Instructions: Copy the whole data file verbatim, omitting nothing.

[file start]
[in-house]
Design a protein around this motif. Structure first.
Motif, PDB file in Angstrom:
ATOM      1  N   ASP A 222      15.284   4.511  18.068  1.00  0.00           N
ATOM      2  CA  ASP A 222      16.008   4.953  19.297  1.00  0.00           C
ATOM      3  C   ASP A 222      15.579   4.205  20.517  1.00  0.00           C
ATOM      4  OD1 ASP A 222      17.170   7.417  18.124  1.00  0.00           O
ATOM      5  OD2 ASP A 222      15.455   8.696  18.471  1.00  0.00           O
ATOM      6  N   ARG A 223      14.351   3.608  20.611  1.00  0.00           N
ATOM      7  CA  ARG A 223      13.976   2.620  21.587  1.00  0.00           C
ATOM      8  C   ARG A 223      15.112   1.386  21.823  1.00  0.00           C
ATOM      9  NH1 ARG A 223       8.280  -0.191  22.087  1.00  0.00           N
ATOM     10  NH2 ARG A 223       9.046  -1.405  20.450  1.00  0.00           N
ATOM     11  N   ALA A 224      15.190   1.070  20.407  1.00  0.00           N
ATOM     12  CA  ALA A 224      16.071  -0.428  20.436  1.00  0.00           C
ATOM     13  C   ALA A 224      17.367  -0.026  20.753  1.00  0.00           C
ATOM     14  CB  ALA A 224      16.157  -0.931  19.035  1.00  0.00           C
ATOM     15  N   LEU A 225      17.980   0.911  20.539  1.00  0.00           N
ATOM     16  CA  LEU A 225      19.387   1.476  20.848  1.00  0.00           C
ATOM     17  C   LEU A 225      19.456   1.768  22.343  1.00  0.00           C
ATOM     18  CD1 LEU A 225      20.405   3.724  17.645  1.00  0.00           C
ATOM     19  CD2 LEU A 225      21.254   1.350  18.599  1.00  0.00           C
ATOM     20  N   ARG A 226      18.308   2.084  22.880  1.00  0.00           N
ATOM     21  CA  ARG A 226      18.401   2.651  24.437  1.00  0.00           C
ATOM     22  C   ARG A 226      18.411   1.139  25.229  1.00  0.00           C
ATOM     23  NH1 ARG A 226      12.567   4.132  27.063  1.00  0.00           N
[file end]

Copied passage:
[in-house]
Design a protein around this motif. Structure first.
Motif, PDB file in Angstrom:
ATOM      1  N   ASP A 222      15.284   4.511  18.068  1.00  0.00           N
ATOM      2  CA  ASP A 222      16.008   4.953  19.297  1.00  0.00           C
ATOM      3  C   ASP A 222      15.579   4.205  20.517  1.00  0.00           C
ATOM      4  OD1 ASP A 222      17.170   7.417  18.124  1.00  0.00           O
ATOM      5  OD2 ASP A 222      15.455   8.696  18.471  1.00  0.00           O
ATOM      6  N   ARG A 223      14.351   3.608  20.611  1.00  0.00           N
ATOM      7  CA  ARG A 223      13.976   2.620  21.587  1.00  0.00           C
ATOM      8  C   ARG A 223      15.112   1.386  21.823  1.00  0.00           C
ATOM      9  NH1 ARG A 223       8.280  -0.191  22.087  1.00  0.00           N
ATOM     10  NH2 ARG A 223       9.046  -1.405  20.450  1.00  0.00           N
ATOM     11  N   ALA A 224      15.190   1.070  20.407  1.00  0.00           N
ATOM     12  CA  ALA A 224      16.071  -0.428  20.436  1.00  0.00           C
ATOM     13  C   ALA A 224      17.367  -0.026  20.753  1.00  0.00           C
ATOM     14  CB  ALA A 224      16.157  -0.931  19.035  1.00  0.00           C
ATOM     15  N   LEU A 225      17.980   0.911  20.539  1.00  0.00           N
ATOM     16  CA  LEU A 225      19.387   1.476  20.848  1.00  0.00           C
ATOM     17  C   LEU A 225      19.456   1.768  22.343  1.00  0.00           C
ATOM     18  CD1 LEU A 225      20.405   3.724  17.645  1.00  0.00           C
ATOM     19  CD2 LEU A 225      21.254   1.350  18.599  1.00  0.00           C
ATOM     20  N   ARG A 226      18.308   2.084  22.880  1.00  0.00           N
ATOM     21  CA  ARG A 226      18.401   2.651  24.437  1.00  0.00           C
ATOM     22  C   ARG A 226      18.411   1.139  25.229  1.00  0.00           C
ATOM     23  NH1 ARG A 226      12.567   4.132  27.063  1.00  0.00           N